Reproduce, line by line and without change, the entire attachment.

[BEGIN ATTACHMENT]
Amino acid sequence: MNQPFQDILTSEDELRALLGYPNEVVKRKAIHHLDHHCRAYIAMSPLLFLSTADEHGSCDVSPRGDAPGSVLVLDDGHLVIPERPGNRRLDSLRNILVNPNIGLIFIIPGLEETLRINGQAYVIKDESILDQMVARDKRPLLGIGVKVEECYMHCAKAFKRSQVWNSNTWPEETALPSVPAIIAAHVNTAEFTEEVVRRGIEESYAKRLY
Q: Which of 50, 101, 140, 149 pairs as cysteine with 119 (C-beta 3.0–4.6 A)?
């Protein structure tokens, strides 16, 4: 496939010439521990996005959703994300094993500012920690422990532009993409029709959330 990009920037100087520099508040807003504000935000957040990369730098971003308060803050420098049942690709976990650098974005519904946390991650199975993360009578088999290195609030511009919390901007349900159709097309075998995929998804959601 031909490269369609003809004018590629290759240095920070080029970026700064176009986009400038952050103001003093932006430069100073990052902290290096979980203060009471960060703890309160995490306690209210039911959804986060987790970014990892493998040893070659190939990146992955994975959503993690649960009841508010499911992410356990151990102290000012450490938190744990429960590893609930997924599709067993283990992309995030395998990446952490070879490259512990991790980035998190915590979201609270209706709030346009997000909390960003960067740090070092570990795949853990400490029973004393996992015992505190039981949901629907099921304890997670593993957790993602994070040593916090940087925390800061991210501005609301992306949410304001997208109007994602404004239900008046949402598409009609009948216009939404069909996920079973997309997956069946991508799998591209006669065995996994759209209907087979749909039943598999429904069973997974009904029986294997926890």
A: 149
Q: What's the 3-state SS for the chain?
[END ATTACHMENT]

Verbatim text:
Amino acid sequence: MNQPFQDILTSEDELRALLGYPNEVVKRKAIHHLDHHCRAYIAMSPLLFLSTADEHGSCDVSPRGDAPGSVLVLDDGHLVIPERPGNRRLDSLRNILVNPNIGLIFIIPGLEETLRINGQAYVIKDESILDQMVARDKRPLLGIGVKVEECYMHCAKAFKRSQVWNSNTWPEETALPSVPAIIAAHVNTAEFTEEVVRRGIEESYAKRLY
Q: Which of 50, 101, 140, 149 pairs as cysteine with 119 (C-beta 3.0–4.6 A)?
């Protein structure tokens, strides 16, 4: 496939010439521990996005959703994300094993500012920690422990532009993409029709959330 990009920037100087520099508040807003504000935000957040990369730098971003308060803050420098049942690709976990650098974005519904946390991650199975993360009578088999290195609030511009919390901007349900159709097309075998995929998804959601 031909490269369609003809004018590629290759240095920070080029970026700064176009986009400038952050103001003093932006430069100073990052902290290096979980203060009471960060703890309160995490306690209210039911959804986060987790970014990892493998040893070659190939990146992955994975959503993690649960009841508010499911992410356990151990102290000012450490938190744990429960590893609930997924599709067993283990992309995030395998990446952490070879490259512990991790980035998190915590979201609270209706709030346009997000909390960003960067740090070092570990795949853990400490029973004393996992015992505190039981949901629907099921304890997670593993957790993602994070040593916090940087925390800061991210501005609301992306949410304001997208109007994602404004239900008046949402598409009609009948216009939404069909996920079973997309997956069946991508799998591209006669065995996994759209209907087979749909039943598999429904069973997974009904029986294997926890």
A: 149
Q: What's the 3-state SS for the chain?